Minneapolis police officer indicted for criminal civil rights violations, perjury

Michael Griffin, a Minneapolis police officer, has pleaded not guilty to a nine-count federal indictment charging him with perjury, deprivation of civil rights and falsification of records.

According to the indictment filed Wednesday in U.S. District Court in Minneapolis, Griffin, who was off duty, punched someone outside of Envy Nightclub until the individual was unconscious on May 29, 2010 and later lied in a police report claiming that the individual tried to attack him first. That individual (identified as I.R. in the indictment) was charged with assaulting a police officer, but charges were later dismissed by the Minneapolis City Attorney’s Office.

In a separate incident on Nov. 5, 2011, Griffin confronted four men at The Loop Bar in the North Loop and threatened to have them thrown out of the bar. Griffin, off duty at the time, had a bar bouncer kick the men out of the bar.

Griffin then contacted his police partner, identified as Officer W.G., who arrived and took one of the men into custody in his squad car. Later Griffin kicked one of the men in the chest and knocked him to the ground, and then went on to punch another man in the head from behind and knocked him unconscious, according to the indictment.

After other Minneapolis police officers arrived on the scene, Griffin made a false police report that resulted with one of the men who was assaulted getting arrested for obstructing a police officer with force, according to the indictment. Those charges were later dismissed.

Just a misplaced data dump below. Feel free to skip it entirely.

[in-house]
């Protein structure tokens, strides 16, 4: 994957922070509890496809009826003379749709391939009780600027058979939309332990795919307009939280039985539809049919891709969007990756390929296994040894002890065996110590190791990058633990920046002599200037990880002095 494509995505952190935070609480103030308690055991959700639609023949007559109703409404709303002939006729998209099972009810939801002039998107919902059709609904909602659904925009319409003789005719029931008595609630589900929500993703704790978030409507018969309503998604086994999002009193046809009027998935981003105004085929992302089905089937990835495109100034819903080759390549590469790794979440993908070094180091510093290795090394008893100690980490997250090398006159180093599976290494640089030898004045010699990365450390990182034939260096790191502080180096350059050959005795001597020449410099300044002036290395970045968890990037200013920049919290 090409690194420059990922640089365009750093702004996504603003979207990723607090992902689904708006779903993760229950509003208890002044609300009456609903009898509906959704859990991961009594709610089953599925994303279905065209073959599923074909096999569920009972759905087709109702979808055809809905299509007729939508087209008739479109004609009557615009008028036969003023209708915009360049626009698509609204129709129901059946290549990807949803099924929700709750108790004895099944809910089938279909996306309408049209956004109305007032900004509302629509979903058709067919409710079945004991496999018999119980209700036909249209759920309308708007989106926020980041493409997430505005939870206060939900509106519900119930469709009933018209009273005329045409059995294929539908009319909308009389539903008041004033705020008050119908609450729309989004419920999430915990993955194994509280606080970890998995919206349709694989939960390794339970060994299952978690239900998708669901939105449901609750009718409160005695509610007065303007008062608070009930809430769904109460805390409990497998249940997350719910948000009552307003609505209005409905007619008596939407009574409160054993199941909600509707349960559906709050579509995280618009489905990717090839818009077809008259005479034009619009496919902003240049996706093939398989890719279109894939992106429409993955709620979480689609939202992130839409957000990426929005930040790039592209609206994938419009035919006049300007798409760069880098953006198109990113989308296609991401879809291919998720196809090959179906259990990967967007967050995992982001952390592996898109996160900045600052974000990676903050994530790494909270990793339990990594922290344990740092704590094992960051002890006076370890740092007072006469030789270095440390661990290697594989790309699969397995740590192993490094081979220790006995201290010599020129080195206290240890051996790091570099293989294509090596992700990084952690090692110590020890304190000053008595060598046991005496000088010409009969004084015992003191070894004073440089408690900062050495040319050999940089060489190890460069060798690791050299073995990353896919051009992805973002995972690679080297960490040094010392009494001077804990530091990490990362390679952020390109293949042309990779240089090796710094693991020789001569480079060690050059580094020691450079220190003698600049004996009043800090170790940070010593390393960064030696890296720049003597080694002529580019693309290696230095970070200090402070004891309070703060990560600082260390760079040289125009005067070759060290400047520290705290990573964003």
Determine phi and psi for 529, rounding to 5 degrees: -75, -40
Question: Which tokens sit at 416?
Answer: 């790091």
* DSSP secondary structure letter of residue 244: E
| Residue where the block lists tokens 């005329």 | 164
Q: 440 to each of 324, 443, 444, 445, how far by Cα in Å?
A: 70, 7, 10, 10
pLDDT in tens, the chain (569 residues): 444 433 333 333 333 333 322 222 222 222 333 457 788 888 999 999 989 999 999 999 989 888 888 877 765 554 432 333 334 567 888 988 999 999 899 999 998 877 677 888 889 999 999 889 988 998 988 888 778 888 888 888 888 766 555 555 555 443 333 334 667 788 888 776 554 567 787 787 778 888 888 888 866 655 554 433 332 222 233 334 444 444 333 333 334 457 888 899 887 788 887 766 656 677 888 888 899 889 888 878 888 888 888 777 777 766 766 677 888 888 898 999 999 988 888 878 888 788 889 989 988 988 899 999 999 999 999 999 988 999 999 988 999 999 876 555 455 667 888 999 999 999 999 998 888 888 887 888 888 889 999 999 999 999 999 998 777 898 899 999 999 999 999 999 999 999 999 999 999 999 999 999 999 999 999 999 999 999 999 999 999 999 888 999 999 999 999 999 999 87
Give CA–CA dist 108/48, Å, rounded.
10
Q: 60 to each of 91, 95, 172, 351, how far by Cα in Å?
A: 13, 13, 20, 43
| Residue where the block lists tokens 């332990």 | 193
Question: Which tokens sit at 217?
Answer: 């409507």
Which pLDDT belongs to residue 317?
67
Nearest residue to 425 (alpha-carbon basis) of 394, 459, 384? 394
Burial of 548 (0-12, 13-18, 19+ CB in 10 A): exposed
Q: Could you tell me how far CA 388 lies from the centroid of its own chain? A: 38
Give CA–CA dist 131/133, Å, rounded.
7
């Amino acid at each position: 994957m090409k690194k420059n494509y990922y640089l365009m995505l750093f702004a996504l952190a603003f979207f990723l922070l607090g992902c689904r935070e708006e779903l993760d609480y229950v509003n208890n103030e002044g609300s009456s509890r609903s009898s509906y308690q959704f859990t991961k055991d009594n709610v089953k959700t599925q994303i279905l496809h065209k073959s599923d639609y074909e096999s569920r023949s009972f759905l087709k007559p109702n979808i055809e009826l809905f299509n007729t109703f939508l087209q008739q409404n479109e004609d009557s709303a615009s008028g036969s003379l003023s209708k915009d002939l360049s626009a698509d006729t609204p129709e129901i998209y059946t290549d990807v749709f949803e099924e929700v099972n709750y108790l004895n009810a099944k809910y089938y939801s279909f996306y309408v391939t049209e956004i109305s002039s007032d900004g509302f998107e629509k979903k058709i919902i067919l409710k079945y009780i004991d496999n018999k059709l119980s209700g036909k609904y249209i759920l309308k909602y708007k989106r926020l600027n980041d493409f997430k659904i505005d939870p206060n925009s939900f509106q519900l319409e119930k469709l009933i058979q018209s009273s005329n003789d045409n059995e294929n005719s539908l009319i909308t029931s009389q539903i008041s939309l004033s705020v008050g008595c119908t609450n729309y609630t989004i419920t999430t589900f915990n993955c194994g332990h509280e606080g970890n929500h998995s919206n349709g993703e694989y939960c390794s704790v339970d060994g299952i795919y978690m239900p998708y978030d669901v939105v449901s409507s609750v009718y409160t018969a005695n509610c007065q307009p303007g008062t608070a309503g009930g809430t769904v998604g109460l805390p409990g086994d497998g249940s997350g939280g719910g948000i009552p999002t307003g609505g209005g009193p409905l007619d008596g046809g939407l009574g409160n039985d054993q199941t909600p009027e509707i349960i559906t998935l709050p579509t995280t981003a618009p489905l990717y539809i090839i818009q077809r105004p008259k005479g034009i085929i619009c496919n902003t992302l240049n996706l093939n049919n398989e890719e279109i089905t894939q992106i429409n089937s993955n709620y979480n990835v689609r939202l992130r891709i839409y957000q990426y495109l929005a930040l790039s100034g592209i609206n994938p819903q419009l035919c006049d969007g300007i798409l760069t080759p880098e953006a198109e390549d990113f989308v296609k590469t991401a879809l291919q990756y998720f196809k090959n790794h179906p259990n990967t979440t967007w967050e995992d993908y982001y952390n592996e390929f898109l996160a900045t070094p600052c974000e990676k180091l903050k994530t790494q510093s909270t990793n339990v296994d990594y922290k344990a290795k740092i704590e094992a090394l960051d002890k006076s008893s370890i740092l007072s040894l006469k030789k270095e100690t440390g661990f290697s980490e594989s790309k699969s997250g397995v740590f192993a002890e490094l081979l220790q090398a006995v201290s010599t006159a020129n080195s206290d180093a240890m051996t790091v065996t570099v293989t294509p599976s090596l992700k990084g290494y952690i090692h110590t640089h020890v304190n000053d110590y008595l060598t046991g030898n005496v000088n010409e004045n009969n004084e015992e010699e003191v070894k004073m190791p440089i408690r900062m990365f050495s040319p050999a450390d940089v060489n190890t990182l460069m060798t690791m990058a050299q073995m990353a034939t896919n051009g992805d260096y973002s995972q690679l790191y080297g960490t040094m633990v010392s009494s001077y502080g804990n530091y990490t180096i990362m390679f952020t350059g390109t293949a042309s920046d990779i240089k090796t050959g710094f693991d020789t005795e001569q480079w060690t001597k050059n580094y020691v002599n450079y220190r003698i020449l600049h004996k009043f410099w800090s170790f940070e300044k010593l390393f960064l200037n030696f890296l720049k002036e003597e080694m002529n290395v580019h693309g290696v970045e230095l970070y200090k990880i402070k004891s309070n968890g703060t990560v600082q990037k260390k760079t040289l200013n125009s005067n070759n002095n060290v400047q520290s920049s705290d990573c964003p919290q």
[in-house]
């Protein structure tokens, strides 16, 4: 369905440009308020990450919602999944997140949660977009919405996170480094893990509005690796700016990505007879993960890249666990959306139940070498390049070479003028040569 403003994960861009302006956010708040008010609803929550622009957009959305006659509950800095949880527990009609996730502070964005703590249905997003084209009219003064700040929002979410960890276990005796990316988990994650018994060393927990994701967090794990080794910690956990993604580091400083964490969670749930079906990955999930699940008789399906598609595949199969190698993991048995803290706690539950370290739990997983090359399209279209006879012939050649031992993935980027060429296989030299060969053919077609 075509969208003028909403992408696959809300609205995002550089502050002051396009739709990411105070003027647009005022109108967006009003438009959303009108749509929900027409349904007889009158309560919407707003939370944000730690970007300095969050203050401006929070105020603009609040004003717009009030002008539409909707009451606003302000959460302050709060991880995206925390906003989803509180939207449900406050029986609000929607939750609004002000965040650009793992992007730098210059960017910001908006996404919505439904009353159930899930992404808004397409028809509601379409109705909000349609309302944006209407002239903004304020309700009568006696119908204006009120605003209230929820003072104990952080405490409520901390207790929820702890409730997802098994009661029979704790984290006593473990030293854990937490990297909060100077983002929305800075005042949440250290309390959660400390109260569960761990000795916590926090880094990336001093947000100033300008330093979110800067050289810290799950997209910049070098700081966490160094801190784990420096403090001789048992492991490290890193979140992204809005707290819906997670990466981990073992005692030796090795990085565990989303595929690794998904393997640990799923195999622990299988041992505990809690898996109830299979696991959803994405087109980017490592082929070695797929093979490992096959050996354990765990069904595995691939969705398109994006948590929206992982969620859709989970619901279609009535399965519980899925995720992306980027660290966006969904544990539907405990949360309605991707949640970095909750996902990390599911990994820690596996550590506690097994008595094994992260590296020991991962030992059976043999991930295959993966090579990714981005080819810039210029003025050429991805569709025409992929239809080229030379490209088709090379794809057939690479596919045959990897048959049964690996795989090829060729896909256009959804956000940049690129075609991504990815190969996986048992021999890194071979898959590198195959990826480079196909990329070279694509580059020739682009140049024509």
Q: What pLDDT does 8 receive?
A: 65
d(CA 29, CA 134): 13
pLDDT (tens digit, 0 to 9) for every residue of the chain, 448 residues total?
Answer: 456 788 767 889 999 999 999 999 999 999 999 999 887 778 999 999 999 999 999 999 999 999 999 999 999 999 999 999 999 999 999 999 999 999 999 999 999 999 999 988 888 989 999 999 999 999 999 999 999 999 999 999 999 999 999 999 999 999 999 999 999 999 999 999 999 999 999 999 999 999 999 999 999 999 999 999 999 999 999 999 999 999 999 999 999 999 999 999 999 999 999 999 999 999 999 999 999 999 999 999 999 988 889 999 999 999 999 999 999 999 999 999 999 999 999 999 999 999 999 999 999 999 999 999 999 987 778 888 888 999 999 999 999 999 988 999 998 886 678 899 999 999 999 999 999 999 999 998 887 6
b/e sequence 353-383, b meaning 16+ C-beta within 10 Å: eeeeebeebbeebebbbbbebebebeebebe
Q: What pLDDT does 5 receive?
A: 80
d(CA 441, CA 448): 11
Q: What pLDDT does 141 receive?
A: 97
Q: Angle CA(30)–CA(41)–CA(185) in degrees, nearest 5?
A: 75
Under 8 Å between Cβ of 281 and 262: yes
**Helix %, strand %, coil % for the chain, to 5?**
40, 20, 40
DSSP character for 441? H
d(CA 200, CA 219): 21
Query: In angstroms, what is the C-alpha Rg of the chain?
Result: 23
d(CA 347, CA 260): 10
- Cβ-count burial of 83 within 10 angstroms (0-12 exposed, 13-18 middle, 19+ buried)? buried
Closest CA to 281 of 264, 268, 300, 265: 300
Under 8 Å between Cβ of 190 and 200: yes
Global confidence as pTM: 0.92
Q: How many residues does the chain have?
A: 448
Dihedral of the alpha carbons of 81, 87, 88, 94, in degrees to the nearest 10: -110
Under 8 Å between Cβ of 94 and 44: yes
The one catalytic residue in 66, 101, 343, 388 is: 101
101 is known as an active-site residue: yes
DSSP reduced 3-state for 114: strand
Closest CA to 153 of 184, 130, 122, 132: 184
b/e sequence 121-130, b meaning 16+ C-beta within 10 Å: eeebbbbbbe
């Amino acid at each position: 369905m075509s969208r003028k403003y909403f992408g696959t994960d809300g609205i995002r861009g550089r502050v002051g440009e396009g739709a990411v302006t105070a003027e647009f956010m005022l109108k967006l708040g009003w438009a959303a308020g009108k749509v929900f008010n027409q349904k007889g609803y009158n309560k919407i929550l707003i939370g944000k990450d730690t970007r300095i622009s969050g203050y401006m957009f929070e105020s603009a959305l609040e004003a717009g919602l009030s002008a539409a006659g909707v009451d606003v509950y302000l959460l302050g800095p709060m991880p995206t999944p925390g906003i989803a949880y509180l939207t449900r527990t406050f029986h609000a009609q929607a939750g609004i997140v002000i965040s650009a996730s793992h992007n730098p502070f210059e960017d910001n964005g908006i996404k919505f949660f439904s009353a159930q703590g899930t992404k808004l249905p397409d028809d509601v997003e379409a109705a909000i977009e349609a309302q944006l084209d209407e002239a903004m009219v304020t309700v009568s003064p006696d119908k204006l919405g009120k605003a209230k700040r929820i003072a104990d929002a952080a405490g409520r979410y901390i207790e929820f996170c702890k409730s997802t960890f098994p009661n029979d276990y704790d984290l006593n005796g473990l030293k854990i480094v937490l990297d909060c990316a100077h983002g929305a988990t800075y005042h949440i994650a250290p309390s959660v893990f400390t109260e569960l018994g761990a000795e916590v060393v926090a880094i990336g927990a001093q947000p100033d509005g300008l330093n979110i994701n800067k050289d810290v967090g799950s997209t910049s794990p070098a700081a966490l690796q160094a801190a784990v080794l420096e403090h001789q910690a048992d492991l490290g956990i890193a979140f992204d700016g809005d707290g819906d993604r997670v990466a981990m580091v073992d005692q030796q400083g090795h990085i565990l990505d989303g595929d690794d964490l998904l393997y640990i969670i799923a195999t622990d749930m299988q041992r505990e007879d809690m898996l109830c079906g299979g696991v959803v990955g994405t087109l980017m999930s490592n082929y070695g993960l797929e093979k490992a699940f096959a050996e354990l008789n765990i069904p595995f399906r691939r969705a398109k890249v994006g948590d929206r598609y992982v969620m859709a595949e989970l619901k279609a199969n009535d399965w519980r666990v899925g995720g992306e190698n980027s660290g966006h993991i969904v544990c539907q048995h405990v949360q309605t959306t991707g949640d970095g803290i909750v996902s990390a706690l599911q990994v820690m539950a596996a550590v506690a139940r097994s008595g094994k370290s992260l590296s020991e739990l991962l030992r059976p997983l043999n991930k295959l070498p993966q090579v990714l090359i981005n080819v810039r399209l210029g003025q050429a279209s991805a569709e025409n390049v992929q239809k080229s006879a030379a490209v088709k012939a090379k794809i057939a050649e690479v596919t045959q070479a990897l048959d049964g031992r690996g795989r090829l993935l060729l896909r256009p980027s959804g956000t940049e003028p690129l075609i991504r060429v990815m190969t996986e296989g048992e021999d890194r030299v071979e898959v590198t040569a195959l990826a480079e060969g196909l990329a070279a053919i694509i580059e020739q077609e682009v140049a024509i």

On Feb. 28, 2012, three of the men filed a civil lawsuit against Griffin, Officer W.G. and the City of Minneapolis alleging Griffin used excessive force against them. The individual involved in the Envy incident also filed a similar lawsuit.

The federal indictment accuses Griffin of lying in civil depositions taken in connection with the lawsuits.

 “Police officers cannot use their shield as a weapon against innocent civilians,” said U.S. Attorney Luger in a prepared statement. “This defendant is charged with assaulting at least four people in his capacity as an off-duty officer, filing false paperwork and lying multiple times while under oath. Minneapolis is well served by the many hard-working and honest officers of the Minneapolis Police Department and I am proud of the close working relationship between the Department and my Office to address violent crime in the city. At the same time, we will not stand for those who abuse their badge and the public’s trust.”

Minneapolis Police Chief Janeé Harteau said she has and will continue to cooperate with the U.S. Attorney’s office on any requests related to Griffin’s indictment.

“Generally speaking, identifying and addressing negative behavior will only make us a better Department. It should not negate the good work being done by just about every member of this department every day,” she said in a statement. “The issues of year’s past should not, and will not, define who we currently are as a Department. I assure you we are progressively moving forward as a national leader in many areas, including ‘Fair and Impartial Policing’ training for our officers.”

She added that she’s working on implementing the Department of Justice’s recommendations on improving the Police Department’s oversight process, including developing an early intervention system for officers.

“I have been swift and decisive with discipline and termination issues. Incidents from years ago will unfortunately affect this department and as Chief, I will continue to show the same determination and leadership to bring accountability to the MPD,” she said. “What you will see in the future will be the result of the changes and actions we’re taking today.”